Ta’ Maksar brother Adrian Agius, accused of ordering the murder of lawyer Carmel Chircop, has once again been denied bail in view of the gravity of the alleged crime and the fear it creates within society.

That was the outcome of a decree delivered on Monday upon a second application for bail by Agius who was arrested in February in a joint operation that also netted his brother Robert and associate Jamie Vella.

The trio, together with George Degiorgio, one of the alleged hitmen in the assassination of Daphne Caruana Galizia, were subsequently arraigned and charged over various offences stemming from the two separate murders. 

Adrian Agius is pleading not guilty to ordering the assassination of the Birkirkara lawyer who was gunned down in a garage complex in October 2015. 

His latest bail request, dated August 17, was strongly debated during the ongoing compilation of evidence last week, with the prosecution objecting and claiming that Agius possessed the means to flee the country if he were to be released from preventive custody. 

Yet, the court, presided over by Magistrate Caroline Farrugia Frendo, did not uphold that argument, pointing out that the prosecution had produced no evidence to substantiate its claim.

As for the risk of tampering with evidence, the court observed that although the Caruana Galizia murder inquiry was still ongoing, that did not apply to Agius since the charges against him linked him to the Chircop murder. 

However, the granting of bail was not an automatic right and the issue was always at the discretion of the court, observed Magistrate Farrugia Frendo.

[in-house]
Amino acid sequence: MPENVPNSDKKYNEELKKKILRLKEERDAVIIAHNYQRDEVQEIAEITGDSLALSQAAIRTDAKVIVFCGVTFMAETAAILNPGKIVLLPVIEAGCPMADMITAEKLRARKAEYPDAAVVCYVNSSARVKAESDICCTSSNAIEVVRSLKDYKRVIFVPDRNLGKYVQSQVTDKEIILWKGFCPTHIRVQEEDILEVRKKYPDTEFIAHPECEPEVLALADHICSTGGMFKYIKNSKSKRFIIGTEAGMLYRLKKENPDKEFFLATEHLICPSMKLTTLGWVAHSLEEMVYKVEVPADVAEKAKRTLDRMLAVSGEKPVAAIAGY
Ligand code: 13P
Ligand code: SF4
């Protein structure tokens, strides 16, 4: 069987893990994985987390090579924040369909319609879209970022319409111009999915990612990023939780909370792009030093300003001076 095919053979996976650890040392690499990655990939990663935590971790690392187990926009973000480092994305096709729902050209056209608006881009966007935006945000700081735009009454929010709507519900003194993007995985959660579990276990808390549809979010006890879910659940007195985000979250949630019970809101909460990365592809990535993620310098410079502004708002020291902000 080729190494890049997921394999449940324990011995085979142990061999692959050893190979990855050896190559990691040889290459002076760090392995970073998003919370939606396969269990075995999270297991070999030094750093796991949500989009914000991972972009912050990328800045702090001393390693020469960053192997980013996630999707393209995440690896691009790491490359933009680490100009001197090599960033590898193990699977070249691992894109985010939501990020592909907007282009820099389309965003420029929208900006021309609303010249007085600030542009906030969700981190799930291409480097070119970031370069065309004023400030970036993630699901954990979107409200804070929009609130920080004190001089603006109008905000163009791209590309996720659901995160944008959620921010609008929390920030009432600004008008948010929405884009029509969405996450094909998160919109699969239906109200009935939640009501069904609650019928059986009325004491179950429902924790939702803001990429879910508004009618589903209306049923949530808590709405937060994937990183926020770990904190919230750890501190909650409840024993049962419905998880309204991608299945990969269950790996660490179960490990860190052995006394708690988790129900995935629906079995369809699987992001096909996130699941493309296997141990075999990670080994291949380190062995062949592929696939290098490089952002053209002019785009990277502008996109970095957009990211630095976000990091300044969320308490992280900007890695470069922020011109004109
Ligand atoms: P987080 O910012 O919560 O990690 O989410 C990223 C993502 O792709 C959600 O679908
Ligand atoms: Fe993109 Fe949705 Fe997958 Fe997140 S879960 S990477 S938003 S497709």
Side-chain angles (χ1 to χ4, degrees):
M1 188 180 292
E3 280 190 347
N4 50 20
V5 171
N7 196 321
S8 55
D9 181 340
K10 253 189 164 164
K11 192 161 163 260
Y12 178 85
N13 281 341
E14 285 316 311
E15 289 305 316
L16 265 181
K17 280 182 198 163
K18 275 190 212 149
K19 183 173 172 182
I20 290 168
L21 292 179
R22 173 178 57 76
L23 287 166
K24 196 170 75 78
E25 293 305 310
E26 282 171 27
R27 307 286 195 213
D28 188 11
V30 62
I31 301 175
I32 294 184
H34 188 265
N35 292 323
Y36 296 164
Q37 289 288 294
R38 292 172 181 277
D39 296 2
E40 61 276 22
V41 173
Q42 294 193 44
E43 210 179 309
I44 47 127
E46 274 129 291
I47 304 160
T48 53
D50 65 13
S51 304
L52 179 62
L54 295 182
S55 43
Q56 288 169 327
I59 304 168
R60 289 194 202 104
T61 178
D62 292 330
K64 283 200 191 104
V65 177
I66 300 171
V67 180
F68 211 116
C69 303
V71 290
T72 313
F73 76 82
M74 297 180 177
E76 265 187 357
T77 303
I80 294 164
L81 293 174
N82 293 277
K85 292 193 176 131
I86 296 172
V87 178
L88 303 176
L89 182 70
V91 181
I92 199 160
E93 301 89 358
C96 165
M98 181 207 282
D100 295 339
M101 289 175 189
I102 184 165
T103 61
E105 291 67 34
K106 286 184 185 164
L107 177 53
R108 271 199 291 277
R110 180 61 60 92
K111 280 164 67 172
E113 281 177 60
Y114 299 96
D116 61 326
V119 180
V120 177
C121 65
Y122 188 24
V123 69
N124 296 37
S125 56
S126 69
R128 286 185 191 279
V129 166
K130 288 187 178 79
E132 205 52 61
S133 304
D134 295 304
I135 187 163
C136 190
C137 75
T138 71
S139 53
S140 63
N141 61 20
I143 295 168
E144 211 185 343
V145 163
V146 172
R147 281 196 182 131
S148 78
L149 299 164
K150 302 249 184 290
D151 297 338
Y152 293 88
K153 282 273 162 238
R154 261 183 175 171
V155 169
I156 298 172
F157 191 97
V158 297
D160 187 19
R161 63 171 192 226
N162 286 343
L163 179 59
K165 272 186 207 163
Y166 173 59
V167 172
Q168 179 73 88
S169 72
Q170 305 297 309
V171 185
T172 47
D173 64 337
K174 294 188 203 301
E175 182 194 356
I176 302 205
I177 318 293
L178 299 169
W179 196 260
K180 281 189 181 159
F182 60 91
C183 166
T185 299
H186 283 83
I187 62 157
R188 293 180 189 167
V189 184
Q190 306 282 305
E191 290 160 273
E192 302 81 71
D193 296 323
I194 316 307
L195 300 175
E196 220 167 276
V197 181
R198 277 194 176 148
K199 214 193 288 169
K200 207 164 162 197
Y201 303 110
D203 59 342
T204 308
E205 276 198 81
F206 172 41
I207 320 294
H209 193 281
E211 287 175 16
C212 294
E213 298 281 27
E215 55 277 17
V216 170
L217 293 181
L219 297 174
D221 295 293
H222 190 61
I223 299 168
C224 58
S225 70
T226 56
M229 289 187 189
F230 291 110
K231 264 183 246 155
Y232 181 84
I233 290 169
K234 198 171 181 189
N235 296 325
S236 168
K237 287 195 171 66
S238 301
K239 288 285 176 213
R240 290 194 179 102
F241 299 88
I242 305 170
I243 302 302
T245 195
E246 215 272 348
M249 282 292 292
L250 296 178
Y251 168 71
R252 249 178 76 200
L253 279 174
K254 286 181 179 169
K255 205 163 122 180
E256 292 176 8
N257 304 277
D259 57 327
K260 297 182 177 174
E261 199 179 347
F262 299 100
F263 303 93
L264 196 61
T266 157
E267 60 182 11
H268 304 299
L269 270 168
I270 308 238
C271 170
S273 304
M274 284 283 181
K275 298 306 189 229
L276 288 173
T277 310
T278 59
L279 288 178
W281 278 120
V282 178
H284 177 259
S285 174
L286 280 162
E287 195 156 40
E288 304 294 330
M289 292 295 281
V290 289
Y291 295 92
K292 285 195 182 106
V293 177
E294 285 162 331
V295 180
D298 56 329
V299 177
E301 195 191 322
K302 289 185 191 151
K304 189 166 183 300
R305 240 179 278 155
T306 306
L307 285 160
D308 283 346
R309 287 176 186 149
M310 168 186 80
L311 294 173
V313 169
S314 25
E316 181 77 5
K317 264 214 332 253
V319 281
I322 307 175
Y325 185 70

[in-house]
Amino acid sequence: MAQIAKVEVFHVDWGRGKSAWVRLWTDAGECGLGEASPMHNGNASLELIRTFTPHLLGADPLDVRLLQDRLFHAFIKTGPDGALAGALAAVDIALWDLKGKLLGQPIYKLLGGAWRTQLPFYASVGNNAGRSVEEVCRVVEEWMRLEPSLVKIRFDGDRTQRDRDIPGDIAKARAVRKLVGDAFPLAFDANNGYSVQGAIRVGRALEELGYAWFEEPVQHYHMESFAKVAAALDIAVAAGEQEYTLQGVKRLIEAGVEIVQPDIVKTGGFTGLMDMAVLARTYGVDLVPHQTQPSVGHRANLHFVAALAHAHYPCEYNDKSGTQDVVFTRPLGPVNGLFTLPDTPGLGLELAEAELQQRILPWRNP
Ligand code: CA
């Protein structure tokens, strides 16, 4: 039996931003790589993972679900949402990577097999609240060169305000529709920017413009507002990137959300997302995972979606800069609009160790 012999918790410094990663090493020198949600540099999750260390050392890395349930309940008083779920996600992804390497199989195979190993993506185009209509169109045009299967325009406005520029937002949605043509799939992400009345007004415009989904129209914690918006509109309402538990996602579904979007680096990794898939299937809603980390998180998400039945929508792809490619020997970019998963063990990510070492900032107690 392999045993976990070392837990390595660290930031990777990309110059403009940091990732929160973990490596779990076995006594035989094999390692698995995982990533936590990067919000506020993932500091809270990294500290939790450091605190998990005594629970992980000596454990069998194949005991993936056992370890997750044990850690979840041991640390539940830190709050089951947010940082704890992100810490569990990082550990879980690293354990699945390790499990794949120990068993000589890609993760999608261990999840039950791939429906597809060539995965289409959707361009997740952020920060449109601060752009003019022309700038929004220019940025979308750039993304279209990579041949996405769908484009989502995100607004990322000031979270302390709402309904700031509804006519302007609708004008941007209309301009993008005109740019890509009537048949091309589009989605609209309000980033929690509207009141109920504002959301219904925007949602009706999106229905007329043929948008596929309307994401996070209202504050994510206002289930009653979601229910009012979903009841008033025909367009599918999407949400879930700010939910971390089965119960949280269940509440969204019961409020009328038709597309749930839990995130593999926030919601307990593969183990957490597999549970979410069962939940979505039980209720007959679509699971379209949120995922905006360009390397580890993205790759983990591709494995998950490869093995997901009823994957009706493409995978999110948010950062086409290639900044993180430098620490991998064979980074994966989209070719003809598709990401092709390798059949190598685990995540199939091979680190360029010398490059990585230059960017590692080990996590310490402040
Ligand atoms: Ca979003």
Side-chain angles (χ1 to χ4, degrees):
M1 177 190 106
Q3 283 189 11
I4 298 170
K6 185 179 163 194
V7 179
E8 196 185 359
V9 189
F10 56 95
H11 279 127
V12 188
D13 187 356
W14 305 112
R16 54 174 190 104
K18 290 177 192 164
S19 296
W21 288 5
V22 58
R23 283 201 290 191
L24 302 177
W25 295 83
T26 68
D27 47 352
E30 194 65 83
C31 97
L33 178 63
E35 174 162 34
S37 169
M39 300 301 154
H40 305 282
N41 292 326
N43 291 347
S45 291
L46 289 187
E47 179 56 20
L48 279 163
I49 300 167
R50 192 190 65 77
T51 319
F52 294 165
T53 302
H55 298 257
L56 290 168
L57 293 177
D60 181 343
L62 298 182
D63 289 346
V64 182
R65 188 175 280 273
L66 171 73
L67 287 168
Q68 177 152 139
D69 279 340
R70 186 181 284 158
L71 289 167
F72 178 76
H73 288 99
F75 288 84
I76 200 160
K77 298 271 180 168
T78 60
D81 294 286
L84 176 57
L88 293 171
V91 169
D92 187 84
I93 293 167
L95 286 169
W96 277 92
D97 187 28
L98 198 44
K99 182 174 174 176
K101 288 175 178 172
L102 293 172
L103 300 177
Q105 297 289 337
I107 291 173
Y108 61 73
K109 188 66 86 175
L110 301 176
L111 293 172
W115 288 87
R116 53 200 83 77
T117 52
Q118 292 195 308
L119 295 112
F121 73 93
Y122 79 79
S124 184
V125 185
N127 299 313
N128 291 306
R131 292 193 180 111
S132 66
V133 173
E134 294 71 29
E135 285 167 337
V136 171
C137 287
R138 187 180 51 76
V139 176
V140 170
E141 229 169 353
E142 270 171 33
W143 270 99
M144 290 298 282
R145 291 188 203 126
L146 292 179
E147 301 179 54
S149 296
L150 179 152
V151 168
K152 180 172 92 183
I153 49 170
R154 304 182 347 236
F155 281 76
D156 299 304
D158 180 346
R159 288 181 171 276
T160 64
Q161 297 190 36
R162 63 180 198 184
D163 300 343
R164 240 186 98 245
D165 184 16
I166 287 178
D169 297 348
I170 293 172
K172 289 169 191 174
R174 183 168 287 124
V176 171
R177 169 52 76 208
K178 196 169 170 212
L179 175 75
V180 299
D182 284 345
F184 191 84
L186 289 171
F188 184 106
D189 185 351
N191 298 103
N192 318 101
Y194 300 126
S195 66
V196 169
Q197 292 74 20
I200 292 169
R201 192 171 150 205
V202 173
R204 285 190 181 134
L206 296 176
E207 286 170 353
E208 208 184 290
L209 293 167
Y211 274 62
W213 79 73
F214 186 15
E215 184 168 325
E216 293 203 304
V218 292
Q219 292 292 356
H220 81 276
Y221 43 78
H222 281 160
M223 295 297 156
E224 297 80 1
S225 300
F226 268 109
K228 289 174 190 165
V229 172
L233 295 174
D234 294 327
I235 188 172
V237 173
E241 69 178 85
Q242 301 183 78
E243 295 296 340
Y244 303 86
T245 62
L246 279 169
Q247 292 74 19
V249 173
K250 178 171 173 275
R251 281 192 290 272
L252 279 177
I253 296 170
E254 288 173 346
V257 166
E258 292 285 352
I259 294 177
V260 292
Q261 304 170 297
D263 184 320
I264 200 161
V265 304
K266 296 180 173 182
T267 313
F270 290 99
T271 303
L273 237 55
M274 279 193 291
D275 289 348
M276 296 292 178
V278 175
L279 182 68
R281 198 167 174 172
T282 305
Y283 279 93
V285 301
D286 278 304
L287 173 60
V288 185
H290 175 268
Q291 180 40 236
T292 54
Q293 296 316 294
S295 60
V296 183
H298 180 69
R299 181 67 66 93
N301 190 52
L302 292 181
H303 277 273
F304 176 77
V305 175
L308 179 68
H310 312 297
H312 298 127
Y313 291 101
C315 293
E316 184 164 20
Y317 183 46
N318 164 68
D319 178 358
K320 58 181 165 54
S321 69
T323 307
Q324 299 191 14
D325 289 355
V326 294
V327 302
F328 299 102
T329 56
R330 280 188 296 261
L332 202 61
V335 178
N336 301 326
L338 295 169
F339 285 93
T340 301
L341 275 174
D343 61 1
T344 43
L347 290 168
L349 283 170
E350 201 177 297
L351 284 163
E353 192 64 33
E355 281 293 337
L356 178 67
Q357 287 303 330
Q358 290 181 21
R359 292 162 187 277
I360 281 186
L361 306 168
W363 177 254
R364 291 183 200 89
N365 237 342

The ongoing proceedings and the position of the accused had not changed much since the previous request for bail, said the court.

At this stage, the court gave weight to the gravity of the crime, observing that Agius was being charged with “one of the most serious crimes,” namely wilful homicide.  

That notion was always to be taken into consideration and the law would not have expressly listed it as a factor militating against the granting of bail had it not intended it to be so considered by the court. 

The serious nature of the charges, in turn, could give rise to substantial fear in society, observed the court, citing “public disorder” and making reference to a recent European Court of Human Rights judgment against Yorgen Fenech.

That judgment declared that detention could be justified upon actual indications “of a genuine requirement of public interest which, notwithstanding the presumption of innocence, outweighs the rule of respect for individual liberty.”

In light of such considerations, the court concluded that, at this stage, Agius’ request could not be upheld. 

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